WASHINGTON — All options — from withdrawal, to using private contractors, to adding thousands of U.S. forces to the fight — remain on the table for Afghanistan, Defense Secretary Jim Mattis said Monday.
Mattis, along with Secretary of State Rex Tillerson and National Security Adviser Lt. Gen. H.R. McMaster have worked for months to craft strategy options for President Donald Trump.
While Mattis repeated that the White House and Pentagon are very close to finalizing a new strategy to present to Trump, the possibilities of what that future role in Afghanistan would be remains wide open, Mattis said Monday.
Mattis was asked both about the option that U.S. forces could withdraw, and whether a private contracted force was possible for Afghanistan. He said they are both still under consideration.
“The strategic decisions have not been made,” Mattis said. “It’s part of the options being considered.”
Military Times previously reported on Trump supporter and former Blackwater CEO Erik Prince’s efforts to outsource the now 16-year Afghan war to private contractors, including offering a privatized air force for Afghanistan.
Military Times also reported that Gen. John Nicholson, commander of U.S. Forces-Afghanistan, has refused to meet with Prince.
Erik Prince, the former CEO of the private military company formerly known as Blackwater, wants to run the Afghan air war with a private air force capable of intelligence collection and close-air support, according to a recent proposal submitted to the Afghan government.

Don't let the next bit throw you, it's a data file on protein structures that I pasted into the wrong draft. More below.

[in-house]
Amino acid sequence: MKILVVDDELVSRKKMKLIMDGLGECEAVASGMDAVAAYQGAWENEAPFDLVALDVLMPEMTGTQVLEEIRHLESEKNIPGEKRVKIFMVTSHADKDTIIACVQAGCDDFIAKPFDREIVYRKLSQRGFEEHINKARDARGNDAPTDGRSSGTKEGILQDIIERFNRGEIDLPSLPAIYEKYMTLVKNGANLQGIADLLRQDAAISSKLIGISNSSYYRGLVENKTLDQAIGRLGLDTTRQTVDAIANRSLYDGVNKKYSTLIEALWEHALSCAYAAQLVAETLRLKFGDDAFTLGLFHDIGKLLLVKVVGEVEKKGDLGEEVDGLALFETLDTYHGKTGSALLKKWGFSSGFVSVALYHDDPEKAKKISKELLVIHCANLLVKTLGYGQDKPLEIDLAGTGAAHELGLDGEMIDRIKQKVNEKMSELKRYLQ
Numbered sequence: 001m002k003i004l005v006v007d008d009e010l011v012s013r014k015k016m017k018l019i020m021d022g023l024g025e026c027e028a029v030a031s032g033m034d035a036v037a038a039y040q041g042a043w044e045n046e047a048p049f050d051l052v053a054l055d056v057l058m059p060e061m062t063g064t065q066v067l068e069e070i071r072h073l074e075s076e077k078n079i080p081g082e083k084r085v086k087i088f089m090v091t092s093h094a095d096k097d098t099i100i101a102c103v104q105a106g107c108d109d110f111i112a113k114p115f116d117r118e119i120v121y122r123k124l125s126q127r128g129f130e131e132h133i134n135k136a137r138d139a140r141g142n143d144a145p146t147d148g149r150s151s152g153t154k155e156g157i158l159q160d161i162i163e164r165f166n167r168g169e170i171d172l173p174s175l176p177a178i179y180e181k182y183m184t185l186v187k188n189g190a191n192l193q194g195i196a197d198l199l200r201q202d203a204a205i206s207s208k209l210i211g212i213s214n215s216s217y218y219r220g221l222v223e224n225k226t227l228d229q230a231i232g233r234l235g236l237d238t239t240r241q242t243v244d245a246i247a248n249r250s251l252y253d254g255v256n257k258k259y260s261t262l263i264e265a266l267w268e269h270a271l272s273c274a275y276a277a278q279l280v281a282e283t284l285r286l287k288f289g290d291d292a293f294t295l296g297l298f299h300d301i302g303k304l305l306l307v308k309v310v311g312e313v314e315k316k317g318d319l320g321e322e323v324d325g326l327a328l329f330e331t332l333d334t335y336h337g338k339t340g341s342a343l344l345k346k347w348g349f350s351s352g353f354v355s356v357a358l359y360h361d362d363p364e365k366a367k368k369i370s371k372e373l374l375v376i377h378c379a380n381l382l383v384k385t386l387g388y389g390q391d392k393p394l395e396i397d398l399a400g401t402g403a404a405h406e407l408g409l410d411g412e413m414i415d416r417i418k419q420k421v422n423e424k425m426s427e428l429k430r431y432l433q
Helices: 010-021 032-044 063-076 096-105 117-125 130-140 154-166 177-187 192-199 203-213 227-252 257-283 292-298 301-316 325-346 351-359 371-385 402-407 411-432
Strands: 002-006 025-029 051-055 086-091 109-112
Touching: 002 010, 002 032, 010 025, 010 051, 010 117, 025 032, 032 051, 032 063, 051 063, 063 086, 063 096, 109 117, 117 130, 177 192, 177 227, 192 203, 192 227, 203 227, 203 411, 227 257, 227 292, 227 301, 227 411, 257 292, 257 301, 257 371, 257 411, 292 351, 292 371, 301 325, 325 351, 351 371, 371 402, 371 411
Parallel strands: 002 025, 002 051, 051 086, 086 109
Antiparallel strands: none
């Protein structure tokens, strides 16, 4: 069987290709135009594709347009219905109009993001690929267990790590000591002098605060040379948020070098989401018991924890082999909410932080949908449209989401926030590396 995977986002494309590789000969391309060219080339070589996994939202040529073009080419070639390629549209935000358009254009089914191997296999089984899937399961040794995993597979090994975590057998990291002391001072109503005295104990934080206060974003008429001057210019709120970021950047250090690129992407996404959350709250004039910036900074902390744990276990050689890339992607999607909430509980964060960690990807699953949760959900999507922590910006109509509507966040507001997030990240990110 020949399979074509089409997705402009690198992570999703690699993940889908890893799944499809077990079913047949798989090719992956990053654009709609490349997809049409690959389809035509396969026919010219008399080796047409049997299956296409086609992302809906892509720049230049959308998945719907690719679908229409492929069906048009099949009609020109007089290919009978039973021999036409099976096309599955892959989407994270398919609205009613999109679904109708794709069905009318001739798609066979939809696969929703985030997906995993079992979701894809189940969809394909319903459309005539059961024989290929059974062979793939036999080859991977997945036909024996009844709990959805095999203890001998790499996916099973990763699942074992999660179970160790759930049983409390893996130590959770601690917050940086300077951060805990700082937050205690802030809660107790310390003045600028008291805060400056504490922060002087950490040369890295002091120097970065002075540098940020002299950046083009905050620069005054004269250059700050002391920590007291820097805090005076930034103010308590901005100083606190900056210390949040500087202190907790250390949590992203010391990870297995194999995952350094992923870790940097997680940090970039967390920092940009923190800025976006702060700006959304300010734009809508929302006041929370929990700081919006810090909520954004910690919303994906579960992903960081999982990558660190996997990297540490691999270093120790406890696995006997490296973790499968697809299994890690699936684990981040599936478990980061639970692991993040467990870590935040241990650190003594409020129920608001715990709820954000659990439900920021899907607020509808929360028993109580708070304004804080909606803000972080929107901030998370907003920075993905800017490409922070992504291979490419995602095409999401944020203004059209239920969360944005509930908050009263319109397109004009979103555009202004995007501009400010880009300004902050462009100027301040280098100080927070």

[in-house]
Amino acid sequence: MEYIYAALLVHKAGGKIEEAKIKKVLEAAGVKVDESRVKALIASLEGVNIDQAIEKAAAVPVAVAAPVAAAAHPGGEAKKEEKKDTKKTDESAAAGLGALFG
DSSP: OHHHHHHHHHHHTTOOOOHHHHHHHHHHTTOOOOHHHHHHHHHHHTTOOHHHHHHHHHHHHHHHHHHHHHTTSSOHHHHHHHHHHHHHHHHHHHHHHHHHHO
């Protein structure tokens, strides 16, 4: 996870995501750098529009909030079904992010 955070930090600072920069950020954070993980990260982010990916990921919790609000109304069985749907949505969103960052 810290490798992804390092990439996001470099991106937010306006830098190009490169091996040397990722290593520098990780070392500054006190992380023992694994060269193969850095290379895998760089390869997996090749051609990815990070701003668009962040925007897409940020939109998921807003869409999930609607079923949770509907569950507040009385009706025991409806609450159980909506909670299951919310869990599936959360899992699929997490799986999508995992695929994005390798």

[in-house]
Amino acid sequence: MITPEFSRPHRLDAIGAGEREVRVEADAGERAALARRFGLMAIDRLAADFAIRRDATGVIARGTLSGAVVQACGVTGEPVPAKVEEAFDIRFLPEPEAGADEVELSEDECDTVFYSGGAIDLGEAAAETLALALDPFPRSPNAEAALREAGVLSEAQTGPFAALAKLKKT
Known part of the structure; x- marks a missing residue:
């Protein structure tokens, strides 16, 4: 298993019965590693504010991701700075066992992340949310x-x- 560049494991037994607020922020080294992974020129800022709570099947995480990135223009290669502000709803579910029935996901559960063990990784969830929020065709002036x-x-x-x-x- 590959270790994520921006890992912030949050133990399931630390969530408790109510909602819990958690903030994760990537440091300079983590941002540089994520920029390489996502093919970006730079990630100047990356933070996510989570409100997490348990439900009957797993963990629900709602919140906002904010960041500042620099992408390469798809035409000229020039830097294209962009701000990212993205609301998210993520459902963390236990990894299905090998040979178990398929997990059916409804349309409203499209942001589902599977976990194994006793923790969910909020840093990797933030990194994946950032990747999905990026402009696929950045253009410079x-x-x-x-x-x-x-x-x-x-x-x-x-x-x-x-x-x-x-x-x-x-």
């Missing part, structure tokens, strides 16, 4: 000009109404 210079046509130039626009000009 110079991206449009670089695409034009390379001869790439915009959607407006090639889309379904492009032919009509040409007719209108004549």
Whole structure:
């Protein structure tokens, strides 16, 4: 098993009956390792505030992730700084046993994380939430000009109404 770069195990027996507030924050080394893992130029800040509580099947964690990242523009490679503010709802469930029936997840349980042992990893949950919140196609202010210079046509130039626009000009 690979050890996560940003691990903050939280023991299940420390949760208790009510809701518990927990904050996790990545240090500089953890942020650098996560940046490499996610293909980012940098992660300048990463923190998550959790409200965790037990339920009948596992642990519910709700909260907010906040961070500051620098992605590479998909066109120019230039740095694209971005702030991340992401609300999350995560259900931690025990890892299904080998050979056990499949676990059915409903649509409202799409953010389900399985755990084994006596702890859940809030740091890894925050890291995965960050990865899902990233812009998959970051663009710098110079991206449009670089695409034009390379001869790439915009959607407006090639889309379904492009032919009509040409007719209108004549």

It is not clear whether that refusal has frustrated Trump.
According to NBC News, Trump has asked both Mattis and Chairman of the Joint Chiefs of Staff Marine Gen. Joseph Dunford to replace Nicholson as the top U.S. general in Afghanistan. due to the president’s frustration with how that campaign is going.
On Monday, Mattis defended Nicholson, saying he “of course” supports him. But Mattis could not say whether the White House similarly supported him.
“Ask the president,” Mattis said. “[Nicholson] has the confidence of NATO. He has the confidence of the United States.”
The new strategy for Afghanistan was expected about a month ago. Mattis said he was still confident a decision was close.
“We are sharpening each of the options so you can see the pluses and minuses of each one so that there’s no longer any new data you are going to get, now just make the decision.”